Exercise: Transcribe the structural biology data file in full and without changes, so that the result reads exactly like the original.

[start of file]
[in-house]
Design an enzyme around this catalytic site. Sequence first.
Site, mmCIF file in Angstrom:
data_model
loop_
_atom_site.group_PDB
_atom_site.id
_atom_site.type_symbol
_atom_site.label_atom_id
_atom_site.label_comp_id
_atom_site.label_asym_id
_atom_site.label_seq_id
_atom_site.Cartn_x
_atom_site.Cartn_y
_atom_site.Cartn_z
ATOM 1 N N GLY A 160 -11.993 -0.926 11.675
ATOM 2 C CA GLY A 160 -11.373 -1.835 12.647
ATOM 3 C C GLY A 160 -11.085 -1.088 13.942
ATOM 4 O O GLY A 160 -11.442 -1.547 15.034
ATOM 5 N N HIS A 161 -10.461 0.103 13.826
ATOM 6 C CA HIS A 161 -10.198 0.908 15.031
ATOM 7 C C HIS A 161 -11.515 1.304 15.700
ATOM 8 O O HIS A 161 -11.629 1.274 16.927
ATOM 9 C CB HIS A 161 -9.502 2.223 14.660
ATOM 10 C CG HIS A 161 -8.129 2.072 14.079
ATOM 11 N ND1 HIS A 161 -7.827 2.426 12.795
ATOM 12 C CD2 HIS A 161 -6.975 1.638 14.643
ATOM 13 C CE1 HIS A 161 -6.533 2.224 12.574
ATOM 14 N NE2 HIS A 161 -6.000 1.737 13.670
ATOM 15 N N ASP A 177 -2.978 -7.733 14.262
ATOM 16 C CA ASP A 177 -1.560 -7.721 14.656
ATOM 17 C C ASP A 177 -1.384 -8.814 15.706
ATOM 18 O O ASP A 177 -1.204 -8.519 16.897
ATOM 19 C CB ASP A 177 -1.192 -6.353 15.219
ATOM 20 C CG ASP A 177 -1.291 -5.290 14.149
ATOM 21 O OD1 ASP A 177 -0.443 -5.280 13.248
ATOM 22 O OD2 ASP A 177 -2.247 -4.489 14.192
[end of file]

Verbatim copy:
[in-house]
Design an enzyme around this catalytic site. Sequence first.
Site, mmCIF file in Angstrom:
data_model
loop_
_atom_site.group_PDB
_atom_site.id
_atom_site.type_symbol
_atom_site.label_atom_id
_atom_site.label_comp_id
_atom_site.label_asym_id
_atom_site.label_seq_id
_atom_site.Cartn_x
_atom_site.Cartn_y
_atom_site.Cartn_z
ATOM 1 N N GLY A 160 -11.993 -0.926 11.675
ATOM 2 C CA GLY A 160 -11.373 -1.835 12.647
ATOM 3 C C GLY A 160 -11.085 -1.088 13.942
ATOM 4 O O GLY A 160 -11.442 -1.547 15.034
ATOM 5 N N HIS A 161 -10.461 0.103 13.826
ATOM 6 C CA HIS A 161 -10.198 0.908 15.031
ATOM 7 C C HIS A 161 -11.515 1.304 15.700
ATOM 8 O O HIS A 161 -11.629 1.274 16.927
ATOM 9 C CB HIS A 161 -9.502 2.223 14.660
ATOM 10 C CG HIS A 161 -8.129 2.072 14.079
ATOM 11 N ND1 HIS A 161 -7.827 2.426 12.795
ATOM 12 C CD2 HIS A 161 -6.975 1.638 14.643
ATOM 13 C CE1 HIS A 161 -6.533 2.224 12.574
ATOM 14 N NE2 HIS A 161 -6.000 1.737 13.670
ATOM 15 N N ASP A 177 -2.978 -7.733 14.262
ATOM 16 C CA ASP A 177 -1.560 -7.721 14.656
ATOM 17 C C ASP A 177 -1.384 -8.814 15.706
ATOM 18 O O ASP A 177 -1.204 -8.519 16.897
ATOM 19 C CB ASP A 177 -1.192 -6.353 15.219
ATOM 20 C CG ASP A 177 -1.291 -5.290 14.149
ATOM 21 O OD1 ASP A 177 -0.443 -5.280 13.248
ATOM 22 O OD2 ASP A 177 -2.247 -4.489 14.192